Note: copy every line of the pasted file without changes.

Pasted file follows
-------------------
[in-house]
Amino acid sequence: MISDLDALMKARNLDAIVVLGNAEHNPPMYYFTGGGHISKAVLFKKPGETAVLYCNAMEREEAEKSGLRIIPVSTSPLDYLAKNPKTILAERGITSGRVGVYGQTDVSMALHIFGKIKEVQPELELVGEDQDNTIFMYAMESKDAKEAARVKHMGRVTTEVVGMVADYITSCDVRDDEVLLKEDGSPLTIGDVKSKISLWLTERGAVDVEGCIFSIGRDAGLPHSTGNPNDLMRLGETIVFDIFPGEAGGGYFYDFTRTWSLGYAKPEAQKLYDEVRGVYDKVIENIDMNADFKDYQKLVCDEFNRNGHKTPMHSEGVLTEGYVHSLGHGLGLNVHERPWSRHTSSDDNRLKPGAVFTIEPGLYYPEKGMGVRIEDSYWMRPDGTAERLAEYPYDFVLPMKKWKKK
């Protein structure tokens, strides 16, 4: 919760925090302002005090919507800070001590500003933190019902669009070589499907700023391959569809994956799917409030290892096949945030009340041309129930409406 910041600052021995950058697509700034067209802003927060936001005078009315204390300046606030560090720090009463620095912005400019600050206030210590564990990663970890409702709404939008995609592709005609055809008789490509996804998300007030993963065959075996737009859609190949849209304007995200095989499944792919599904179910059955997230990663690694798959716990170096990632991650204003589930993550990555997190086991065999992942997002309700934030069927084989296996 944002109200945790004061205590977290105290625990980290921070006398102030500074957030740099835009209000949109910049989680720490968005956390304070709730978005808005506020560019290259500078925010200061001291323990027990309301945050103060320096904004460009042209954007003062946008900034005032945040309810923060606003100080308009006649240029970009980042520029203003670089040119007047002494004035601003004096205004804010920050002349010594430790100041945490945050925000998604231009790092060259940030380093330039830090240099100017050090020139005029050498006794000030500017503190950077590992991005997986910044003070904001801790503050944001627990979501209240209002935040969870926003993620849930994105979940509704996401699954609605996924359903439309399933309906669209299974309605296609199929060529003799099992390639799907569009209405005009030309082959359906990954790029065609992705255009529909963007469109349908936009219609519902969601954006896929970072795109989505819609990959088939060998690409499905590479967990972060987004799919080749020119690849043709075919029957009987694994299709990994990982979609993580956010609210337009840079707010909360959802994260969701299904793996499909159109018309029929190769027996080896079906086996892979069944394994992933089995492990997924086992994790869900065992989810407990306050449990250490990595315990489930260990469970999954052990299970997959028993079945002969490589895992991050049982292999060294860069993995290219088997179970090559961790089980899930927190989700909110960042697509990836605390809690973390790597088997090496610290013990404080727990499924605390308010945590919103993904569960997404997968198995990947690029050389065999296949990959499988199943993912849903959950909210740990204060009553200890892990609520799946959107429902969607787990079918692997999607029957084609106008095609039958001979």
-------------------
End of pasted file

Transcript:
[in-house]
Amino acid sequence: MISDLDALMKARNLDAIVVLGNAEHNPPMYYFTGGGHISKAVLFKKPGETAVLYCNAMEREEAEKSGLRIIPVSTSPLDYLAKNPKTILAERGITSGRVGVYGQTDVSMALHIFGKIKEVQPELELVGEDQDNTIFMYAMESKDAKEAARVKHMGRVTTEVVGMVADYITSCDVRDDEVLLKEDGSPLTIGDVKSKISLWLTERGAVDVEGCIFSIGRDAGLPHSTGNPNDLMRLGETIVFDIFPGEAGGGYFYDFTRTWSLGYAKPEAQKLYDEVRGVYDKVIENIDMNADFKDYQKLVCDEFNRNGHKTPMHSEGVLTEGYVHSLGHGLGLNVHERPWSRHTSSDDNRLKPGAVFTIEPGLYYPEKGMGVRIEDSYWMRPDGTAERLAEYPYDFVLPMKKWKKK
């Protein structure tokens, strides 16, 4: 919760925090302002005090919507800070001590500003933190019902669009070589499907700023391959569809994956799917409030290892096949945030009340041309129930409406 910041600052021995950058697509700034067209802003927060936001005078009315204390300046606030560090720090009463620095912005400019600050206030210590564990990663970890409702709404939008995609592709005609055809008789490509996804998300007030993963065959075996737009859609190949849209304007995200095989499944792919599904179910059955997230990663690694798959716990170096990632991650204003589930993550990555997190086991065999992942997002309700934030069927084989296996 944002109200945790004061205590977290105290625990980290921070006398102030500074957030740099835009209000949109910049989680720490968005956390304070709730978005808005506020560019290259500078925010200061001291323990027990309301945050103060320096904004460009042209954007003062946008900034005032945040309810923060606003100080308009006649240029970009980042520029203003670089040119007047002494004035601003004096205004804010920050002349010594430790100041945490945050925000998604231009790092060259940030380093330039830090240099100017050090020139005029050498006794000030500017503190950077590992991005997986910044003070904001801790503050944001627990979501209240209002935040969870926003993620849930994105979940509704996401699954609605996924359903439309399933309906669209299974309605296609199929060529003799099992390639799907569009209405005009030309082959359906990954790029065609992705255009529909963007469109349908936009219609519902969601954006896929970072795109989505819609990959088939060998690409499905590479967990972060987004799919080749020119690849043709075919029957009987694994299709990994990982979609993580956010609210337009840079707010909360959802994260969701299904793996499909159109018309029929190769027996080896079906086996892979069944394994992933089995492990997924086992994790869900065992989810407990306050449990250490990595315990489930260990469970999954052990299970997959028993079945002969490589895992991050049982292999060294860069993995290219088997179970090559961790089980899930927190989700909110960042697509990836605390809690973390790597088997090496610290013990404080727990499924605390308010945590919103993904569960997404997968198995990947690029050389065999296949990959499988199943993912849903959950909210740990204060009553200890892990609520799946959107429902969607787990079918692997999607029957084609106008095609039958001979």